THE MIKADO: Show Review by Hannah Singer

When my daughter was 4, she was glued to the tv where an opera was being shown. I was floored! I have been meaning to take her to an opera since then. Luckily now that she is a tween, I had the opportunity to do just that. And it did not disappoint.

I had not been familiar with The Mikado and am not a follower of all that is Gilbert & Sullivan as many people in NYC are.  But this production has changed me. I am now a fan of both! Well, I am also now a fan of the NY Gilbert & Sullivan Players.

This is NYGASP’s 45th year. The Mikado is an operetta in two acts which premiered in London in 1885. Libretto was written by William S. Gilbert and the music by Arthur Sullivan.

We arrived at The Kaye Playhouse at Hunter College on December 28 at 12:45pm in order to participate in the “Family Overture”, a musical intro and summary explained and made interesting for all ages and free for ticket holders. It looked like four generations of people were there spanning perhaps 80 years.

We sat right in front, and there was a man in a Mikado t-shirt and a man on the electric piano. Later I found out that the man was the Music Director/Conductor, Albert Bergeret, who ultimately put on a suit for the show. He surprisingly is also the Artistic Director. General Manager as well as Founder of NYGASP (I just love the acronym).  He made the synapsis entertaining and sang parts as well. He engaged the audience and often asked children and grownups questions. Since we were right in front of him, he often spoke to my daughter and asked questions and I was happily surprised at what she knew! Like what does Mikado mean (means title of Emperor of Japan).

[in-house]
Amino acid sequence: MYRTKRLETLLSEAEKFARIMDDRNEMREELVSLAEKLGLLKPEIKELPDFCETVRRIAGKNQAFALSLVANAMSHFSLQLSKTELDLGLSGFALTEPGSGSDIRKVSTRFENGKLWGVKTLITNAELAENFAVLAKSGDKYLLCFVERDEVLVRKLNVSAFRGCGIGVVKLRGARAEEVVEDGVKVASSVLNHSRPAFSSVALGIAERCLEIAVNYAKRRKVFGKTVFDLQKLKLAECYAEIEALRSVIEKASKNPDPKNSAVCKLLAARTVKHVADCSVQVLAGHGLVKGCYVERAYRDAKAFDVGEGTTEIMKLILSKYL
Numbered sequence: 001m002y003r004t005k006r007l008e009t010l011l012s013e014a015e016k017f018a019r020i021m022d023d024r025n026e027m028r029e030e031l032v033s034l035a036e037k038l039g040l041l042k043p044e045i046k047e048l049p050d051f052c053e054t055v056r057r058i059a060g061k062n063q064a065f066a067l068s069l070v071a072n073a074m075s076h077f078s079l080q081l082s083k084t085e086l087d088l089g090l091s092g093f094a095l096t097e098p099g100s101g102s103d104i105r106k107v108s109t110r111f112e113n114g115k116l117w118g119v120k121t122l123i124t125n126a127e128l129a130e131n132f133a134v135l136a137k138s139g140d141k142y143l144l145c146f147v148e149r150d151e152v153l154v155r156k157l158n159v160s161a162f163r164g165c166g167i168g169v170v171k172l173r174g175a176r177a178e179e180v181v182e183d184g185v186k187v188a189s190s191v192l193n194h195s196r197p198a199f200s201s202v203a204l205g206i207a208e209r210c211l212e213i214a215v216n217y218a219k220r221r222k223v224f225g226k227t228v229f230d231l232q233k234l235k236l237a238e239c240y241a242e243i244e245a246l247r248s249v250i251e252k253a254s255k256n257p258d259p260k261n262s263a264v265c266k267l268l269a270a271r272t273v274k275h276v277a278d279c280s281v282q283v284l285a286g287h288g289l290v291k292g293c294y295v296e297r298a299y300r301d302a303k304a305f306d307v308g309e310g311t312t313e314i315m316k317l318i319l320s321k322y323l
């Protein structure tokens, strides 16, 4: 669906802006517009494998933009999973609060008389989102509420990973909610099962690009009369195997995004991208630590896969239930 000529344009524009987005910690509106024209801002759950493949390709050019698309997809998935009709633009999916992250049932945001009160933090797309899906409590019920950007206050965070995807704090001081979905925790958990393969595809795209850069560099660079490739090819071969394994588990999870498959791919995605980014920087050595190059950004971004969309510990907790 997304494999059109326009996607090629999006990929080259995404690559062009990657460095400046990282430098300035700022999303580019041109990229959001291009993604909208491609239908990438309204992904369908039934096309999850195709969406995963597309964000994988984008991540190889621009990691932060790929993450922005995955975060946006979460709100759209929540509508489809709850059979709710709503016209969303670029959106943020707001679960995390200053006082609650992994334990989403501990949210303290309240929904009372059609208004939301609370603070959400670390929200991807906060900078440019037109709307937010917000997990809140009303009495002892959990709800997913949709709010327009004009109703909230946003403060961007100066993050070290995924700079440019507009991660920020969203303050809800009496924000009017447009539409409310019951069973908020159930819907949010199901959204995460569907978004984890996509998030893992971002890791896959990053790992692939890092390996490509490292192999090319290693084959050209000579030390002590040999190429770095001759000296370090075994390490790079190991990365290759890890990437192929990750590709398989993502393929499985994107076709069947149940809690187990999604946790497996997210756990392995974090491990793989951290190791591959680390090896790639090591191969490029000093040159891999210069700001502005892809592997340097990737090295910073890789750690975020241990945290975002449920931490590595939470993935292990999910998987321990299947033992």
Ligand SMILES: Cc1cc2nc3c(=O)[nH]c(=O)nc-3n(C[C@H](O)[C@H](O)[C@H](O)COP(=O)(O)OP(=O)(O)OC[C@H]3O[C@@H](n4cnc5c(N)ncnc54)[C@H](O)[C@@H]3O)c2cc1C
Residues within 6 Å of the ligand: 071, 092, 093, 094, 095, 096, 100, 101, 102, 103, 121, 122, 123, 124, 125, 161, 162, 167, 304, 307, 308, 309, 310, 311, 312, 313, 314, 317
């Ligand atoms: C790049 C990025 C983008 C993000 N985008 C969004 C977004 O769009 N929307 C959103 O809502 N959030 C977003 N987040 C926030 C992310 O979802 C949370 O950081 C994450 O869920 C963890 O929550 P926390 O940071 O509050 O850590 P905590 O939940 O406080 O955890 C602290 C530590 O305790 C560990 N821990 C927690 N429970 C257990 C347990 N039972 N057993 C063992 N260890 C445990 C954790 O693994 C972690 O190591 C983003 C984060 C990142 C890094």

The show began at 2 pm and the operetta opened to Gilbert & Sullivan in the offices of the D’Oyly Carte Opera Company. We had been told by Bergeret to look for references to names that would be used later in the show. There were plenty like yum-yum and titipu. We were humorously introduced to some of the actors that would be in their production. And suddenly Gilbert was hit in the head and knocked down when a Japanese sword to be used in the show accidentally hit him. Then the dream begins.

The land that we see is a fantastical  world, the town of Titipi. And the characters are played by actors that Gilbert was working with in the show’s “real life”.  His writing partner, Sullivan plays one of the main parts of Ko-Ko in this kooky world in his dream. This production company has changed things a bit from the known productions. There are references throughout of today’s world we live in. Some things mentioned are Paypal, Shopify, and even Trump! It was very funny each time there was a modern reference and the crowd applauded with the Trump reference! Some of the costumes were also modern. I saw a Sherlock Holmes and a Captain Jack Sparrow! And did a few in the ensemble have some sort of buildings as hats? It was fun noticing these offbeat costumes by Quinto Ott.